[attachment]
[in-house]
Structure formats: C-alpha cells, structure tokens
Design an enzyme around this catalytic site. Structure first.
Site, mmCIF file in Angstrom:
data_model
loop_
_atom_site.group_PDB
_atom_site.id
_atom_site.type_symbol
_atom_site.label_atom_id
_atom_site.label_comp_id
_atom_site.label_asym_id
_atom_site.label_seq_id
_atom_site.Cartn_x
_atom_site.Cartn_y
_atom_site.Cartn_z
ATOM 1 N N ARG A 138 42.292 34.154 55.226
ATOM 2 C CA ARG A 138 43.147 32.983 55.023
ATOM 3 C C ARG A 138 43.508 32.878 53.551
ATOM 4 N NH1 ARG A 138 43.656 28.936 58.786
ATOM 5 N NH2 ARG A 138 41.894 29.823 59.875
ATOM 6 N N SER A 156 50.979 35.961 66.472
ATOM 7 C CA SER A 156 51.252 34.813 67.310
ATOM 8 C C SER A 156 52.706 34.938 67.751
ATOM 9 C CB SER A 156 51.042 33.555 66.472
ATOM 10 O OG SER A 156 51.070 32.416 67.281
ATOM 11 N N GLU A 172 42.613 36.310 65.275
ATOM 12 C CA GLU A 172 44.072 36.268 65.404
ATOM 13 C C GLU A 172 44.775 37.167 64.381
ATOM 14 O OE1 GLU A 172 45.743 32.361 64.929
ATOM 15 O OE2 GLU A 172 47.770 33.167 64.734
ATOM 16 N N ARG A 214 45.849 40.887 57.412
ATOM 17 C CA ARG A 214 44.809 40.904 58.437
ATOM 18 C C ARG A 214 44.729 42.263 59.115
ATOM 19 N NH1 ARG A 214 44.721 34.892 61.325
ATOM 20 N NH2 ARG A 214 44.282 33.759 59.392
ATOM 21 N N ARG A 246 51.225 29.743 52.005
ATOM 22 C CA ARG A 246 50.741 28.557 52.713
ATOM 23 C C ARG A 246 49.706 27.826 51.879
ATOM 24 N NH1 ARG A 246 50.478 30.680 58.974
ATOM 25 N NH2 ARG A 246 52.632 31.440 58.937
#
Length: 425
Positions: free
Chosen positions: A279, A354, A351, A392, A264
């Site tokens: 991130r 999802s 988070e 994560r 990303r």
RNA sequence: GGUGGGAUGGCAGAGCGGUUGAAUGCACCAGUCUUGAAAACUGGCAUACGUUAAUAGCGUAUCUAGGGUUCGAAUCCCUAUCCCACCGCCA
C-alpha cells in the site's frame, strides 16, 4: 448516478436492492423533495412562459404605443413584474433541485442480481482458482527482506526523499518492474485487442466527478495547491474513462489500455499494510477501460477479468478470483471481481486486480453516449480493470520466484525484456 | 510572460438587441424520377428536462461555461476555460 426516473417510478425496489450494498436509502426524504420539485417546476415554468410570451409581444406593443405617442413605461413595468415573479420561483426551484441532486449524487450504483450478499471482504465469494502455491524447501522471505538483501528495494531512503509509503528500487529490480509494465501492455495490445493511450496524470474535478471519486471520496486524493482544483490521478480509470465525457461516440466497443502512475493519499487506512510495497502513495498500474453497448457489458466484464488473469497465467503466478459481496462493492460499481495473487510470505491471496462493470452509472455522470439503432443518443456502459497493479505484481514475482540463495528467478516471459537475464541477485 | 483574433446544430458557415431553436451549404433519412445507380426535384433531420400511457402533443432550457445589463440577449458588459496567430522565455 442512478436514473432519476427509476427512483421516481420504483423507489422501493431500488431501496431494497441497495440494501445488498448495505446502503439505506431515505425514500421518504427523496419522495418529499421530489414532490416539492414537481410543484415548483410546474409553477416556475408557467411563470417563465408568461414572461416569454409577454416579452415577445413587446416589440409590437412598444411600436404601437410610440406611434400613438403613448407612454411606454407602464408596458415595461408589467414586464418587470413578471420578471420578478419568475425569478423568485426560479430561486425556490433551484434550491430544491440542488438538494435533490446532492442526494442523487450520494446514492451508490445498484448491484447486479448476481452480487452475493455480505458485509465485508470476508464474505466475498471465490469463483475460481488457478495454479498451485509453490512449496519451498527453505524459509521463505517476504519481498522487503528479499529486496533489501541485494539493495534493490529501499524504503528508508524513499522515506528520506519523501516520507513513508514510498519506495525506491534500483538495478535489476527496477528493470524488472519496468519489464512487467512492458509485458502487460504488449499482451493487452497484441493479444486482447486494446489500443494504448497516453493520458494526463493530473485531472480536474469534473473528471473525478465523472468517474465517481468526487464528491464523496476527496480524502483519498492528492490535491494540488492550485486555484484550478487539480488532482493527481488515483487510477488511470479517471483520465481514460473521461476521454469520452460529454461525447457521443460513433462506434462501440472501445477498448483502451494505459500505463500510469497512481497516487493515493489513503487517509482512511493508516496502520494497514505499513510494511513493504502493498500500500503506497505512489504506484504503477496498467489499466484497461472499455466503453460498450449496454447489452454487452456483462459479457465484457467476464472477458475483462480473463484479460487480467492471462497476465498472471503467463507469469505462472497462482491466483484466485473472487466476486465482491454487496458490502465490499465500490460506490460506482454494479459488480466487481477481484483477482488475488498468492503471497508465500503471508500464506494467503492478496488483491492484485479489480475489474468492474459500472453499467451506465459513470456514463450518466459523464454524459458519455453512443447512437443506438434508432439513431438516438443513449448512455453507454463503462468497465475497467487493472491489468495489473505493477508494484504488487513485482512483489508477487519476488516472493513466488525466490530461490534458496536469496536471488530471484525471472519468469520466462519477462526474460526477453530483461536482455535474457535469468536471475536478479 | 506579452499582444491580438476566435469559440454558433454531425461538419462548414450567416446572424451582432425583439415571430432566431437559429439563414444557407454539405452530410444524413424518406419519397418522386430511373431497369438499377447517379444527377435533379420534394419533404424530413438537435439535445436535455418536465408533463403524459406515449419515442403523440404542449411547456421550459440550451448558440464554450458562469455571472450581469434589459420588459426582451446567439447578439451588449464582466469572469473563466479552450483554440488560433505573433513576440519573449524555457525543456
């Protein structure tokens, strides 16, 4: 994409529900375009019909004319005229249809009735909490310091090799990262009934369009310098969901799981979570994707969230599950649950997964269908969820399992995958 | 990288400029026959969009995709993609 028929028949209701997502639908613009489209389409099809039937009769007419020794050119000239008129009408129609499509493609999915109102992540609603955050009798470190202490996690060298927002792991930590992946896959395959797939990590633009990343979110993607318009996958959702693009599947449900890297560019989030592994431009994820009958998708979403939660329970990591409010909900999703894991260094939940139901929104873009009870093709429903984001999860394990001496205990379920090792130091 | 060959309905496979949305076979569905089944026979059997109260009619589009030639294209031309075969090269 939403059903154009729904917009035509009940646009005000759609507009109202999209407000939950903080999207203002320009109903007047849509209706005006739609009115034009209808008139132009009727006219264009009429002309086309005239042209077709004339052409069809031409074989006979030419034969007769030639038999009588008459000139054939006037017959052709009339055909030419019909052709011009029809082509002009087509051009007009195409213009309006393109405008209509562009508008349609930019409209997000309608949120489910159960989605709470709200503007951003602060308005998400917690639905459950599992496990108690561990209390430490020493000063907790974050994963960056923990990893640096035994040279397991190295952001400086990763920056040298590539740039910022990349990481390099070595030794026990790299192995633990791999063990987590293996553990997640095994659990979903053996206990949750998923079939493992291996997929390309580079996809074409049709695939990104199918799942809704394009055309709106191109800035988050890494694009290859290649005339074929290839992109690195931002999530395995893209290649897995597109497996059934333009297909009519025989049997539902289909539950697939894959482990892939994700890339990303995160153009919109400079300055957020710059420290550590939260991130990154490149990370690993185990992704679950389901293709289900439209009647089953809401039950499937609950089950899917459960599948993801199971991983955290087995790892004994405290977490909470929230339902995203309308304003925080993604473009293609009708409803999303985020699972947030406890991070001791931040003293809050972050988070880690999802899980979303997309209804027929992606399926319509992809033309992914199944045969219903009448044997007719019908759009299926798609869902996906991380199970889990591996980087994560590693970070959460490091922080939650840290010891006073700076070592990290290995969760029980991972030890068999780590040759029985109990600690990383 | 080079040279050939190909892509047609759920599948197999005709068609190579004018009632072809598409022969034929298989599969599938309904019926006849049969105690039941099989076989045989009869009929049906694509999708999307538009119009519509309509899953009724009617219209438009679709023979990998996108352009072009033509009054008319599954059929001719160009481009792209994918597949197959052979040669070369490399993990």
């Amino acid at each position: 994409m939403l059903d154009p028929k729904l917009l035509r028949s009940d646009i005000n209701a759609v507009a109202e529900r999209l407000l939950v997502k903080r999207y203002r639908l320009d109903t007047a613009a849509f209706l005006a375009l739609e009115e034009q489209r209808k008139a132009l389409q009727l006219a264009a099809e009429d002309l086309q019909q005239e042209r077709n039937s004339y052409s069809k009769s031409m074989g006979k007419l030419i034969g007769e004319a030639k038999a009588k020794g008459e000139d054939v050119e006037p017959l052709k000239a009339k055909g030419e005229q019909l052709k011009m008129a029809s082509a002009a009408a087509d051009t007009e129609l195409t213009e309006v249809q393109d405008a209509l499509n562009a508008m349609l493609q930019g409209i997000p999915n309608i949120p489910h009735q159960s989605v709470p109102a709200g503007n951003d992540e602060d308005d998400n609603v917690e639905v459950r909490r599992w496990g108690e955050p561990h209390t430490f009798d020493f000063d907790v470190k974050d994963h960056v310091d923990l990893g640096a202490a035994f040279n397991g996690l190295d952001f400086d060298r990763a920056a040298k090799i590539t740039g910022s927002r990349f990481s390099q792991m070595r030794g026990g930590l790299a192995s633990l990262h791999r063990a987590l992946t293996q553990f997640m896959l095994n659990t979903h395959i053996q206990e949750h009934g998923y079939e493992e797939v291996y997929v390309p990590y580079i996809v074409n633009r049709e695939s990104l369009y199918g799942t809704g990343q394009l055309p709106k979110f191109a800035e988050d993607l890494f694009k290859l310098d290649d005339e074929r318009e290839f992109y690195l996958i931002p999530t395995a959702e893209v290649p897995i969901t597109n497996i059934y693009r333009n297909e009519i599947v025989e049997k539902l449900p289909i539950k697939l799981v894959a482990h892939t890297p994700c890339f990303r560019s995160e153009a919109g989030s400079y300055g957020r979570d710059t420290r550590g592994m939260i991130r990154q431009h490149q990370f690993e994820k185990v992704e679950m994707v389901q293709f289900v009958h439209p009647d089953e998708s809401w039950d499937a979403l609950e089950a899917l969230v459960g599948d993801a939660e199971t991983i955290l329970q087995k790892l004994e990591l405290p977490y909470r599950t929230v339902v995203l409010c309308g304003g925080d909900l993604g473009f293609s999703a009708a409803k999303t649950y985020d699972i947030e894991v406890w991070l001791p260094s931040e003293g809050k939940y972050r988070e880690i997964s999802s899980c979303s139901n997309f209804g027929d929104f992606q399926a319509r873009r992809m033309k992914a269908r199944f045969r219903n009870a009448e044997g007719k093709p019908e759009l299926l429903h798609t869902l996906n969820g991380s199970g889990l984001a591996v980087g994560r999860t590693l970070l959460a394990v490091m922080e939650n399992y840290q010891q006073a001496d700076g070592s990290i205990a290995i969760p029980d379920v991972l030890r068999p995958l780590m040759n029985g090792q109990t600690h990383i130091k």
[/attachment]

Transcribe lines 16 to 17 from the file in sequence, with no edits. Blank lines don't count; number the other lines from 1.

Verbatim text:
_atom_site.Cartn_z
ATOM 1 N N ARG A 138 42.292 34.154 55.226